Monday, April 19, 2010

Movie Review: Death at a Funeral

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Funerals are a funny animal, especially when it's a family funeral. Living in Hawaii I haven't attended a family funeral in a number of years. The last time I attended a family function was my brother's wedding and someone made the comment, "it only seems the time this family gets together is for weddings and funerals." In the movie Death at a Funeral, two brothers Aaron and Ryan (Chris Rock and Martin Lawrence) make a similar comment saying that they only have reunions at funerals, in this case, it's their father's.

Aaron and his wife Michelle (Regina Hall) want to move out of his parents home into their own place. Aaron is supposed to give the eulogy since he's older but everyone was thinking that his published author brother would give it. Even when Ryan arrives from his first class flight from New York, he thought that he would be giving it. too Aaron insists that he'll be giving the eulogy once the funeral gets going.

The dad insisted on having a home funeral and Aaron is just trying to make it through the day as things happen to add more stress to the already stressful day. Uncle Duncan (Ron Glass) is there with his son, Jeff (Columbus Short) and daughter Elaine (Zoe Saldana) and her boyfriend Oscar (James Marsden). Duncan doesn't like Oscar and to help calm him down Elaine gives Oscar one of Jeff's Valium which turns out not to be a Valium but a hallucinogen. Elaine's ex boyfriend Derek (Luke Wilson) shows up with family friend Norman (Tracy Morgan) after they stopped to pick up wheel chair bound and crotchety uncle Russell (Danny Glover). Aaron is facing his wife who wants to have sex that day so she can become pregnant to relieve the pressure being put on them by the grieving widow Cynthia (Loretta Devine) who is upset that she doesn't yet have a grand child and constantly reminds Michelle of that fact.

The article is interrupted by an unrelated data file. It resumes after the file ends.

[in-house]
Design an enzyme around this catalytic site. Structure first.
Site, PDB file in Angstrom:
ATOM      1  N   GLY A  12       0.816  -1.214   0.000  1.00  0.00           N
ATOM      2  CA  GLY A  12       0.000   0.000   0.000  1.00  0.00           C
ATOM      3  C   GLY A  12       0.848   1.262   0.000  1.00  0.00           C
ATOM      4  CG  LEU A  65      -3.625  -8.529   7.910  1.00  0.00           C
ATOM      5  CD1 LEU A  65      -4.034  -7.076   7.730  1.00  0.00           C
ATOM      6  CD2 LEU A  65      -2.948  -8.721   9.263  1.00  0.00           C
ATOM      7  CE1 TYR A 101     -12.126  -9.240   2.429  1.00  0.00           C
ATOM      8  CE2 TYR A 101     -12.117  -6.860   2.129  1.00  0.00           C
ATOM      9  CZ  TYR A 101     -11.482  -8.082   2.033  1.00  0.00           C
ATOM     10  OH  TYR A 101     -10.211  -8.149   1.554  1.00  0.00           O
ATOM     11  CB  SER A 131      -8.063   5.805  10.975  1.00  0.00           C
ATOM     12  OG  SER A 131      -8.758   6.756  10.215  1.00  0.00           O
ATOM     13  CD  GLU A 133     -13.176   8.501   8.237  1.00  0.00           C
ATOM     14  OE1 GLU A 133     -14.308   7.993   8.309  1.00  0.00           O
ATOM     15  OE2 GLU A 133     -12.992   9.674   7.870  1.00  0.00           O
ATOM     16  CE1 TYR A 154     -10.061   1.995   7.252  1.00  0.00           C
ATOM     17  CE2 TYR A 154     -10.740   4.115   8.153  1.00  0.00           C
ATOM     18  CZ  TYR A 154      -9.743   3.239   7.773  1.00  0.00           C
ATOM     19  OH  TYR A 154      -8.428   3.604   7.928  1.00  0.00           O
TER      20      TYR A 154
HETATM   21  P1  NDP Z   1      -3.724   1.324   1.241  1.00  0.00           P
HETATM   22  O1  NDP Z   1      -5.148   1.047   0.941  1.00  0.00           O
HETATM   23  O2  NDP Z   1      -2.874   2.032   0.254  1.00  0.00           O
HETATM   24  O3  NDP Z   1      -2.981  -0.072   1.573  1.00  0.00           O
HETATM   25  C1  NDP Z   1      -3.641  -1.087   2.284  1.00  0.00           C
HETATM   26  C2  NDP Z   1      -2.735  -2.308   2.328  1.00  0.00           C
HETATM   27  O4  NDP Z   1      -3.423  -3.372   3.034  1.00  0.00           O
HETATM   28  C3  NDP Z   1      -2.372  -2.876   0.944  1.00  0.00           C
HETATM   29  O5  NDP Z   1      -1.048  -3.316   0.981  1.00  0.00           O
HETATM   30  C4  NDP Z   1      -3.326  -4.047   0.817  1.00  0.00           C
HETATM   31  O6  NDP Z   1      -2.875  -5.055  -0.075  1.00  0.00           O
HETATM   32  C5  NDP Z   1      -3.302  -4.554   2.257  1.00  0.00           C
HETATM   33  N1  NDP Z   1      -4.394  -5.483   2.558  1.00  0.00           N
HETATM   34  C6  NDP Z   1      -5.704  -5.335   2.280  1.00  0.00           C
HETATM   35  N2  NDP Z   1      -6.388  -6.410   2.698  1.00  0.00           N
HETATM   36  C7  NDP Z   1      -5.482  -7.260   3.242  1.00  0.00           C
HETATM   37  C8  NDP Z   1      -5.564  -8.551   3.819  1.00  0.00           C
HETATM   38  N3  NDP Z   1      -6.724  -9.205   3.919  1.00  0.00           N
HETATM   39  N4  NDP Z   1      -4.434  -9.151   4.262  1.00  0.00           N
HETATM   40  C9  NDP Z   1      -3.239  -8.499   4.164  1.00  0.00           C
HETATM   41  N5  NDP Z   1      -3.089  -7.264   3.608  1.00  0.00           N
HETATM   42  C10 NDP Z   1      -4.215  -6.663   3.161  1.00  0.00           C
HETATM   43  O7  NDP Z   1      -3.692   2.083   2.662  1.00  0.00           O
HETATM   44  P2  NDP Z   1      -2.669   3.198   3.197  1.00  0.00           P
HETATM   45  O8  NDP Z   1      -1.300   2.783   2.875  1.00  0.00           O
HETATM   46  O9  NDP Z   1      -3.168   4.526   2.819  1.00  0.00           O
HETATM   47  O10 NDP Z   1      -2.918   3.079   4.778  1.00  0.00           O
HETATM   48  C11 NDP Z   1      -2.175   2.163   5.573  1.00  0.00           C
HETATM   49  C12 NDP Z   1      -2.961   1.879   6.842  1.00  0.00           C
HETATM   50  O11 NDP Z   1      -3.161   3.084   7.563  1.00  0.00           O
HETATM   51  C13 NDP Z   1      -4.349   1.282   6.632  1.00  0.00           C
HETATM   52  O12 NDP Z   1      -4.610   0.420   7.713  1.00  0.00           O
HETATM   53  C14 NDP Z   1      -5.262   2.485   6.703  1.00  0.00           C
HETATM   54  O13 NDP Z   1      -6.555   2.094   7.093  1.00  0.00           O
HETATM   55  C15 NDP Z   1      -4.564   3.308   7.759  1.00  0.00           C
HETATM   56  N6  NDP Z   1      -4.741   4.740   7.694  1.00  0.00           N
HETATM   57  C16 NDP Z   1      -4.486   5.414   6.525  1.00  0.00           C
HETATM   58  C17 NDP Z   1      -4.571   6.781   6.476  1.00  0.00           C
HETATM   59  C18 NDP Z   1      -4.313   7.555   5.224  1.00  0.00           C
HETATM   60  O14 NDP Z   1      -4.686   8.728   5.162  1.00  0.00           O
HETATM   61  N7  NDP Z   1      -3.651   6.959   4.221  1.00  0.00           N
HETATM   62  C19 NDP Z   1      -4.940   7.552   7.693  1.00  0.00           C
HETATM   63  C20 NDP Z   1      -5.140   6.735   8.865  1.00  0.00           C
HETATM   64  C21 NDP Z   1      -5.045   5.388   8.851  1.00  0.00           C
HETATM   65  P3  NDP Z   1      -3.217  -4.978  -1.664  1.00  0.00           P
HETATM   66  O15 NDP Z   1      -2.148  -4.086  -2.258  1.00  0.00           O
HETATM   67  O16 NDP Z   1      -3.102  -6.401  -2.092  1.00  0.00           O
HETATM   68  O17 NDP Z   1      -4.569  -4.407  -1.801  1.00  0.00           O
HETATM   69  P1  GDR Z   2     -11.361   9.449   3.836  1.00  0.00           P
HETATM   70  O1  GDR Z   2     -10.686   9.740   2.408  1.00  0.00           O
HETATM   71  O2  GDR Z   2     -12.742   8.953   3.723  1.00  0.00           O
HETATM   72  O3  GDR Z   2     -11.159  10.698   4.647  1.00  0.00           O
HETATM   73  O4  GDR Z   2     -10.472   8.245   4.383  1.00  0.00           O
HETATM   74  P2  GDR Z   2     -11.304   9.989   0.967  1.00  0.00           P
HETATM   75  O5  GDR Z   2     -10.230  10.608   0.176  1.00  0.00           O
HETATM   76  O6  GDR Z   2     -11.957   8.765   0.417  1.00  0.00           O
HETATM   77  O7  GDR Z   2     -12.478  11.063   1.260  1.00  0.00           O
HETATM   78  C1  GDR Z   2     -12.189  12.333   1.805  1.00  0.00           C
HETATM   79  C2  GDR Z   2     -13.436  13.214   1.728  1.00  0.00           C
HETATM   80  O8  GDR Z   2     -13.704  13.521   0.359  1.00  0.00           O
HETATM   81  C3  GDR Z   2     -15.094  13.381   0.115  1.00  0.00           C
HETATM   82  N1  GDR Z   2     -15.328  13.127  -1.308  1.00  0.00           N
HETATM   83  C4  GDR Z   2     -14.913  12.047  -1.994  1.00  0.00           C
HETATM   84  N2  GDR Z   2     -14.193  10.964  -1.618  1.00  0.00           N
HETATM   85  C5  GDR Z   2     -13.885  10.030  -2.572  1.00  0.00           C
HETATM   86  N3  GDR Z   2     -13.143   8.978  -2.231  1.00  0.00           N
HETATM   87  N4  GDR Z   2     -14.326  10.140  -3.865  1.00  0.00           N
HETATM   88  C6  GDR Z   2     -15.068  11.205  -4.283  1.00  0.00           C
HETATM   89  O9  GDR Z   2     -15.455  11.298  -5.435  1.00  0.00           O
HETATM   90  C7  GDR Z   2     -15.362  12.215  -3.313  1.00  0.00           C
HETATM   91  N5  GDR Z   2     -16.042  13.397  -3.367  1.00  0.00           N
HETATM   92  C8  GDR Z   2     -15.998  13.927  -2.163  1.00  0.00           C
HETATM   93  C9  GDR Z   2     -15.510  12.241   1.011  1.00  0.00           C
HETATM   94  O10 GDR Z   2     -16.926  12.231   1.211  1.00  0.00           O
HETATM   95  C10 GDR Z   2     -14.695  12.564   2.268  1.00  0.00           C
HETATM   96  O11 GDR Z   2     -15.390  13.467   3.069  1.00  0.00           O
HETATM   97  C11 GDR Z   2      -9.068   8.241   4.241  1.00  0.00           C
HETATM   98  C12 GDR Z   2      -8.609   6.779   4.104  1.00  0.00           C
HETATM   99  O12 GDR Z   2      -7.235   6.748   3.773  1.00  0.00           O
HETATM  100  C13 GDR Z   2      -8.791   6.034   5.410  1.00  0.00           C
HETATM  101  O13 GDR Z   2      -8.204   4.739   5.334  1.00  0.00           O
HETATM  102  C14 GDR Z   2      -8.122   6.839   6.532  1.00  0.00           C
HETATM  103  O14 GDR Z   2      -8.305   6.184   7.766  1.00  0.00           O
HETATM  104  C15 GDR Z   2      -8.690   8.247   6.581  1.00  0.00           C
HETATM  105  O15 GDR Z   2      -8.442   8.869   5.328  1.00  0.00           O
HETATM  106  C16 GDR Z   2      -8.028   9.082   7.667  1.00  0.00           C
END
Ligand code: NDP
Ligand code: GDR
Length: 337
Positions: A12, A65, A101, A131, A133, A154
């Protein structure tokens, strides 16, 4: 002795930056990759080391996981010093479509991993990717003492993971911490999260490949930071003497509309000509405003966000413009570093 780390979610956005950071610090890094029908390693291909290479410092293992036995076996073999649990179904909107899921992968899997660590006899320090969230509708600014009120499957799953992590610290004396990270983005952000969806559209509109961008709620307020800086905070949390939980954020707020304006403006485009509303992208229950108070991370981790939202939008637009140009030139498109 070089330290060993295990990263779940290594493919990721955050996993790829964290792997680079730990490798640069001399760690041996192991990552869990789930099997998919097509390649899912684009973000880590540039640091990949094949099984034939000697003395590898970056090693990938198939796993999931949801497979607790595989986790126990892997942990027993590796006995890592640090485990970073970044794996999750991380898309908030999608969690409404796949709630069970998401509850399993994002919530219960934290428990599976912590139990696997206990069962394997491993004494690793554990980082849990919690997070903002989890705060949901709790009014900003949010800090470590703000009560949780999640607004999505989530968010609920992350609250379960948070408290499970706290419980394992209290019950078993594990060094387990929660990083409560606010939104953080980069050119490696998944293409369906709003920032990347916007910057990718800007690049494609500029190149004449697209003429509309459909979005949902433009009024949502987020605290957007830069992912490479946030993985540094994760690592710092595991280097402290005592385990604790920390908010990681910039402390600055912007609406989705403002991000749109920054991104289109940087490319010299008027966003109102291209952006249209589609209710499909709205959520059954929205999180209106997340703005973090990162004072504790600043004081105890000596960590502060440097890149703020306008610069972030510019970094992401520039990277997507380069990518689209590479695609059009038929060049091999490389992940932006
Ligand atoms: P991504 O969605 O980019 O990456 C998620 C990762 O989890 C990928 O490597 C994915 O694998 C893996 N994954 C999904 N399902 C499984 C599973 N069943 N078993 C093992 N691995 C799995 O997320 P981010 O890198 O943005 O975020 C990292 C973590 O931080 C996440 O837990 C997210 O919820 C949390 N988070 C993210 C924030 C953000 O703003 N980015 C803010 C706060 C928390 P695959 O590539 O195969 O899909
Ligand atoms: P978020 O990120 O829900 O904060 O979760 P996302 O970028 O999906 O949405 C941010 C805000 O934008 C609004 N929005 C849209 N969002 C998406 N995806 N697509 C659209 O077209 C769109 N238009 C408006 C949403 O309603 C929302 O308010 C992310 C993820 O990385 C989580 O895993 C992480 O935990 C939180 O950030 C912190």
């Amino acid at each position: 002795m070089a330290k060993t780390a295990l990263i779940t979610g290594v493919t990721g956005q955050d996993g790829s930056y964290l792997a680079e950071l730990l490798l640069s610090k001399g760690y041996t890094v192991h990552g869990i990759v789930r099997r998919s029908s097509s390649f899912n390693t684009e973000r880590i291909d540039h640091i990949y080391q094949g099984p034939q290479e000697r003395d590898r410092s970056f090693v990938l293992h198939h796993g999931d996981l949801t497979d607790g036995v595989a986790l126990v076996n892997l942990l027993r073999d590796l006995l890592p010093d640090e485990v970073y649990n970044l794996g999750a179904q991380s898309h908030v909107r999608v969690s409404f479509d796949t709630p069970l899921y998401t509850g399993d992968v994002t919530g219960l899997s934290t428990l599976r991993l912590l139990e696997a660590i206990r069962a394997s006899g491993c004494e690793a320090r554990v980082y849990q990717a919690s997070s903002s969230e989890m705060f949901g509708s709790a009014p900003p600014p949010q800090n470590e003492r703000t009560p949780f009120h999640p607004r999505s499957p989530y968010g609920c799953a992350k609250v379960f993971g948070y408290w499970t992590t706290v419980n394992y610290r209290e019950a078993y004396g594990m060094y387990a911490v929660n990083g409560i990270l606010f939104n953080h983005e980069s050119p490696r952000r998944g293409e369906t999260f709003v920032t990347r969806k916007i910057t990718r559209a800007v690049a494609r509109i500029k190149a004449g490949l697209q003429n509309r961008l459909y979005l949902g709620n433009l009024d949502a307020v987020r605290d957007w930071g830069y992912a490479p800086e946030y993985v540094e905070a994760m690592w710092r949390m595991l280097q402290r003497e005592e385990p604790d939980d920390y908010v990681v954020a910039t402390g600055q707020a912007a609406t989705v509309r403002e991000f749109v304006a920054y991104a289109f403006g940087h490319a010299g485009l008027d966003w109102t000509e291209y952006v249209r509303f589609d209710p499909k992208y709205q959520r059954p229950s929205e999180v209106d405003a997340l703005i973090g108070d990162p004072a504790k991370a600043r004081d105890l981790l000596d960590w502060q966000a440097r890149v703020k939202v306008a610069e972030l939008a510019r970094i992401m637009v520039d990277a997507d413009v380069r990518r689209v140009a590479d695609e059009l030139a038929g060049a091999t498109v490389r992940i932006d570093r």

After starting the day with the wrong body being delivered, the funeral progresses from bad to worse. Oscar freaks out as the drugs kick in causing him to knock over the casket which allows the body to fall out. During a short break to bring the situation under control Aaron is approached by Frank, an unknown little person (Peter Dinklage) saying that their dad and him were as Aaron pointed out later to Ryan, on the down low. Frank wasn't in the will and he feels that he's entitled to $30,000 or he'll expose their relationship with pictures that he brought to the funeral. Not a good day to be in Aaron's shoes.

Many of the family situations seem understandable, but the situation as a whole seems larger than life. Most of the humor worked while some didn't. Hey, I'm all in for a good fart joke, but they didn't have to revert to pure potty humor. Maybe if they brought Frank Oz back in to direct this it would have been better. What do you mean "back in"? Well, you see this is actually a remake of a 2007 movie of the same name that Frank directed. It was a British comedy that had the same set ups, relationships and occupations. Even Peter Dinklage reprises his role as the dead man's love interest. It is said that imitation is the sincerest form of flattery.

These days Hollywood wants franchises where they can take proven characters and create new stories with them instead of spending the time, money and energy to come up with something without having to start from scratch. This seems to be a cost saving measure with a film where you change the location, the ethnicity of the family, and a few lines to try to make it appealing to a new audience. While not as original as I hoped, the power comedy cast didn't deliver a dead pan performance, but provided a lively time that for the most part people could enjoy. Extra kudos to James Marsden. It looked like he had an enjoyable time cutting loose and having fun as he explored the wild side of the characters psychotropic journey.

The movie runs 90 minutes and is rated R for sexual humor, drug content and language.

The Movie Monkey

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